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Filament Games looks for ways to turn learning into play

Filament+Games+staff+members+Ethan+Cayko%2C+left%2C+and+Brandon+Pittser+spoke+at+the+fifth+Stem+Center+Speaker+Series+presentation+of+the+semester+held+on+Halloween+%28hence+Ethan%E2%80%99s+Cat+in+the+Hat+costume%29+at+the+Truax+Campus.
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Filament Games looks for ways to turn learning into play

Filament Games staff members Ethan Cayko, left, and Brandon Pittser spoke at the fifth Stem Center Speaker Series presentation of the semester held on Halloween (hence Ethan’s Cat in the Hat costume) at the Truax Campus.

Filament Games staff members Ethan Cayko, left, and Brandon Pittser spoke at the fifth Stem Center Speaker Series presentation of the semester held on Halloween (hence Ethan’s Cat in the Hat costume) at the Truax Campus.

Filament Games staff members Ethan Cayko, left, and Brandon Pittser spoke at the fifth Stem Center Speaker Series presentation of the semester held on Halloween (hence Ethan’s Cat in the Hat costume) at the Truax Campus.

Filament Games staff members Ethan Cayko, left, and Brandon Pittser spoke at the fifth Stem Center Speaker Series presentation of the semester held on Halloween (hence Ethan’s Cat in the Hat costume) at the Truax Campus.

Katie Paape, Staff Writer

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When we think of what results from playing video games, education is usually not the first thing that comes to mind. But as technology continues to thrive, using games as a medium for learning is becoming increasingly important.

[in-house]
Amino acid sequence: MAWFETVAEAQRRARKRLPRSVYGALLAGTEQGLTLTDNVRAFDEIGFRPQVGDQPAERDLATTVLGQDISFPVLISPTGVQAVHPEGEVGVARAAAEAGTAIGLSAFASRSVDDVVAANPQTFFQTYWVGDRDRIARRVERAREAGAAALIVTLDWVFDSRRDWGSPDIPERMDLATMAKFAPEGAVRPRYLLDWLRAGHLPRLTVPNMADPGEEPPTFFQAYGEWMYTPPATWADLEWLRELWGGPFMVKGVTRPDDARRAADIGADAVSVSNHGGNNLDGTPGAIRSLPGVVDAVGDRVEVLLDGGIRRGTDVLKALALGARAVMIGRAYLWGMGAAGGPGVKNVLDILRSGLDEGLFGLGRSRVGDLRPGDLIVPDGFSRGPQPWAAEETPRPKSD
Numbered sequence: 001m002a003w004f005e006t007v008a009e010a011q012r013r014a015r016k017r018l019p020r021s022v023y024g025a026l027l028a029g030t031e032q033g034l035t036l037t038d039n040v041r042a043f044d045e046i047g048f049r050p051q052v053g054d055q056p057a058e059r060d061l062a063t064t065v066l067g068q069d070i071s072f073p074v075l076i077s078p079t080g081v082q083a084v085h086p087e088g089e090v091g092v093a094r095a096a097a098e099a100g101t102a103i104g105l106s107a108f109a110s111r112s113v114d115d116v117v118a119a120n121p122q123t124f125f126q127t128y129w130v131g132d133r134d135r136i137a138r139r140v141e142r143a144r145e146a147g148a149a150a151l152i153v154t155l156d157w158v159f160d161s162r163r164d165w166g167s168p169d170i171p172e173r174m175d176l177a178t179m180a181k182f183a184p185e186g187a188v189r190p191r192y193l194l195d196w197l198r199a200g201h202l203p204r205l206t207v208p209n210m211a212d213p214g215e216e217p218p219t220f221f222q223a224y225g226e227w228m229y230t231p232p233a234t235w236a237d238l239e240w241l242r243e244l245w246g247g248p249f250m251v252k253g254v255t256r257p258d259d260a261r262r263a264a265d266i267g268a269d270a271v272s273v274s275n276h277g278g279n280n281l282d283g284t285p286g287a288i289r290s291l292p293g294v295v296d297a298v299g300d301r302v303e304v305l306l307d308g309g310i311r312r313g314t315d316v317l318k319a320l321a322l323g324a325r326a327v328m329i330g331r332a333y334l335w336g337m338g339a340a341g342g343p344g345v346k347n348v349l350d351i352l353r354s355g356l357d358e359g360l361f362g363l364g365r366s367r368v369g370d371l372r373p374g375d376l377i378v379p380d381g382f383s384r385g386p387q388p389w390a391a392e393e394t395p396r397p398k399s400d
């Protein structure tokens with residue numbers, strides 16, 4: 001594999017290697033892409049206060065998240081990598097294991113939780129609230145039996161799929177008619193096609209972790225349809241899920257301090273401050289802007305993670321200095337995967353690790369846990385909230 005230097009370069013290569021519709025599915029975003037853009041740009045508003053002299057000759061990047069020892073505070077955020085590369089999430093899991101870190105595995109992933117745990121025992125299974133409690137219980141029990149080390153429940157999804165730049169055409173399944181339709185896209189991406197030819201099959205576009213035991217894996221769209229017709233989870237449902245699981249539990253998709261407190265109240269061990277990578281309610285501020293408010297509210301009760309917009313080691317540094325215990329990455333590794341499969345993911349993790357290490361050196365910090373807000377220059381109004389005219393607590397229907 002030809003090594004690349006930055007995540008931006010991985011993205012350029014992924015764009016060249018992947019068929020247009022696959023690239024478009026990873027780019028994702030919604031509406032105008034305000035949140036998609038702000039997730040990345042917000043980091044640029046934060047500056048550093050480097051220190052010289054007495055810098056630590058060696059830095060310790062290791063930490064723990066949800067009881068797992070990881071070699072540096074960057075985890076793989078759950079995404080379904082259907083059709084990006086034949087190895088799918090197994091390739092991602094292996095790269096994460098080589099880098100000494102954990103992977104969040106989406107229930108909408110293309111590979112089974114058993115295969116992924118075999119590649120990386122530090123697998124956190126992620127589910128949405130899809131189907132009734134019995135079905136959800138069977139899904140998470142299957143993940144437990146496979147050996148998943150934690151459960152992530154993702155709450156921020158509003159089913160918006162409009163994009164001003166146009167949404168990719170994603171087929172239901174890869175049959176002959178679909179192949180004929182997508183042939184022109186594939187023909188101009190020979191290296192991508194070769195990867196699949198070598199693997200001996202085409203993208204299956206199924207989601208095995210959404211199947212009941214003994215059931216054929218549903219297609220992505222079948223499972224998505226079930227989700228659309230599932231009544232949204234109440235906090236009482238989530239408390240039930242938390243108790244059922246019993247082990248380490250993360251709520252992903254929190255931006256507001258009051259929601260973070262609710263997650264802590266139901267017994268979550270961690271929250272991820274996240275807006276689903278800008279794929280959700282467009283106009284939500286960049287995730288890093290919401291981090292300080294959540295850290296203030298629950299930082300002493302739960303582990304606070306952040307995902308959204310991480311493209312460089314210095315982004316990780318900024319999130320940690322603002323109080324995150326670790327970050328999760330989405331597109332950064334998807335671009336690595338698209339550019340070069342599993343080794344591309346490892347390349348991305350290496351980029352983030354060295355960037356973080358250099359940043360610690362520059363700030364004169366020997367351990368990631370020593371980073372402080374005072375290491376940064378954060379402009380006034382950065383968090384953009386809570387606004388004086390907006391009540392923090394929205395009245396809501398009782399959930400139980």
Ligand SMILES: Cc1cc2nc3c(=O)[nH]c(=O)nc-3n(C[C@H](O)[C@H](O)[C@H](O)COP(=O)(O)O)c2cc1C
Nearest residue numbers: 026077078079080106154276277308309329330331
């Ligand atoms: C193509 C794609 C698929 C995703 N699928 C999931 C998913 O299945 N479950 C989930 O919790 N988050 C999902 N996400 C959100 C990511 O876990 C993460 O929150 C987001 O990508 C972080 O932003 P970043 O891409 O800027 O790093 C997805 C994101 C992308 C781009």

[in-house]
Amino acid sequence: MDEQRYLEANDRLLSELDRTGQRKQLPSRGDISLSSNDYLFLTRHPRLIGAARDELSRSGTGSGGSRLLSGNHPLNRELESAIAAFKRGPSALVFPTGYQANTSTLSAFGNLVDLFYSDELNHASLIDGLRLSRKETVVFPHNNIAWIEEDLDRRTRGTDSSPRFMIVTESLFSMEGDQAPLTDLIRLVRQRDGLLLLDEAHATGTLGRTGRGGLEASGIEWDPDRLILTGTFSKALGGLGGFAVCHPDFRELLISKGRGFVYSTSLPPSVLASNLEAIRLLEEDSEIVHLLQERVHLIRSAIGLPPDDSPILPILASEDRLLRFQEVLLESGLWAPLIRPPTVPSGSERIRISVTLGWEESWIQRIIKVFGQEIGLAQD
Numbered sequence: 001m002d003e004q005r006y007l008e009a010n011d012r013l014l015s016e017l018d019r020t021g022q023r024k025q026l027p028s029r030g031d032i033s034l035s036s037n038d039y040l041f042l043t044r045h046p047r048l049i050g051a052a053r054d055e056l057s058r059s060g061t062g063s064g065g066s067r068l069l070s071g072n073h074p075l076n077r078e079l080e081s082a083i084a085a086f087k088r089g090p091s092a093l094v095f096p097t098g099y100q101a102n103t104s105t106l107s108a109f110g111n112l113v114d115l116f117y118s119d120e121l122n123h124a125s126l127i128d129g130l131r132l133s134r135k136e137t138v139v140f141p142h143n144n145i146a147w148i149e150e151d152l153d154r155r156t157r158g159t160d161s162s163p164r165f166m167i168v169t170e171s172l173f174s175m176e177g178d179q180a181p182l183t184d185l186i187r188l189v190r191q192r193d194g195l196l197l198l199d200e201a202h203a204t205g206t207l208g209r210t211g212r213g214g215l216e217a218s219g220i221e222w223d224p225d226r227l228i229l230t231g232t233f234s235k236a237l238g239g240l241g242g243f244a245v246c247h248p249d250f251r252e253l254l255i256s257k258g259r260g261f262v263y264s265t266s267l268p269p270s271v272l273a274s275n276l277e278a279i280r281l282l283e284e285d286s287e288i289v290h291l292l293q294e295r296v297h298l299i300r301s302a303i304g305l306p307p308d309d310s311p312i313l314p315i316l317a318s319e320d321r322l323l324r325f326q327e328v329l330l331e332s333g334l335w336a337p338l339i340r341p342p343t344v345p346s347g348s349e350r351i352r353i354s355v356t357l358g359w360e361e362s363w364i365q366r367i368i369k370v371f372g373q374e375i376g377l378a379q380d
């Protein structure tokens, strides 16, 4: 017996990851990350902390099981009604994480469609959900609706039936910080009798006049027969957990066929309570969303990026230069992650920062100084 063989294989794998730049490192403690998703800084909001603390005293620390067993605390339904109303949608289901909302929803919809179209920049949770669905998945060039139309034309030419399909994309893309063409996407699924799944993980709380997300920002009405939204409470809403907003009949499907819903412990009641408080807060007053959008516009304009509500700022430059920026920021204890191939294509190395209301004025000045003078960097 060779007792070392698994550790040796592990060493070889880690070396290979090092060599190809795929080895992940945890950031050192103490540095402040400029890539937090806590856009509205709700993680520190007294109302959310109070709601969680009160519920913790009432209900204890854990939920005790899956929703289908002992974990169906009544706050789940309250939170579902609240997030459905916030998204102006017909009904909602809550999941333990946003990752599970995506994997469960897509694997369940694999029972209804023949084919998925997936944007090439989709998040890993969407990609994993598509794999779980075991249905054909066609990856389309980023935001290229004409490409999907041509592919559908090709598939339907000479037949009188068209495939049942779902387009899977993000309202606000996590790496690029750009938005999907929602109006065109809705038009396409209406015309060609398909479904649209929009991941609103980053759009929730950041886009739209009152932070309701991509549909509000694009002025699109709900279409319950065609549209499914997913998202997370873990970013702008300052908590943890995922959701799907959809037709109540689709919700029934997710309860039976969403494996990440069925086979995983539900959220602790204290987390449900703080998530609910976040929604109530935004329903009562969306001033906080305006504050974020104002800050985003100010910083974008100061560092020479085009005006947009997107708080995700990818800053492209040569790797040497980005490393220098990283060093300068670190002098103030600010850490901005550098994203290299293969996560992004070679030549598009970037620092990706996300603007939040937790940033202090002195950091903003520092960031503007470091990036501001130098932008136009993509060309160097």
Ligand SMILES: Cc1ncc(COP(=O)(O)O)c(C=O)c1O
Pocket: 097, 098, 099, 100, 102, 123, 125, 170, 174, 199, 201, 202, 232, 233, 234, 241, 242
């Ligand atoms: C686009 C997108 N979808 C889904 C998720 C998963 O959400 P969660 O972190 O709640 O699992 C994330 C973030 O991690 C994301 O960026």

On Oct. 31, in Madison College’s STEM center, Ethan Cayko from game-based learning company “Filament Games” gave a presentation on the process of building and marketing educational video games.

The process of building a game requires the cooperation of many different team members with unique talents. The team at Filament Games includes: a producer, project manager, designer, engineer, composer, and the help of many others to make the final product a reality.

Additionally, the games must be tested by their prospective players. At Filament Games, the testers are from every age group, but the most criticism, Cayko notes, comes from brutally honest third graders.

Cayko looks forward to these testing days where he gets to watch all the hard work done by him and his team members come to action in the hands of the players.  Cayko noted that the most rewarding part is watching someone play the game, and afterwards, come out knowing something they didn’t know before.

After a game is created and tested, it must be marketed and distributed. Filament Games follows the 80/20 rule: 80 percent content, 20 percent sales. If the content is good, consistent, and credible, then there will be far more sales than advertising the product alone.

Additionally, Filament Games is involved in social media, YouTube, podcasts, and outreach to schools and the community. The company often attends schools to introduce students to what a career in a STEM field could look like.

When it comes to choosing between a fun game and an educational one, Ethan Cayko doesn’t believe you have to make a distinction.

Any video game player knows that you learn an immense amount of information while you are playing games without realizing it, even if this information is fictional.

If we can contain a large amount of information from playing a game without realizing it, why not create a game that teaches you real-world knowledge while remaining fun to play.

“Any game can teach you something,” said the STEM presenter. This knowledge could be used in a new avenue of learning to teach skills to people of all ages in a fun and engaging way. 

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Filament Games looks for ways to turn learning into play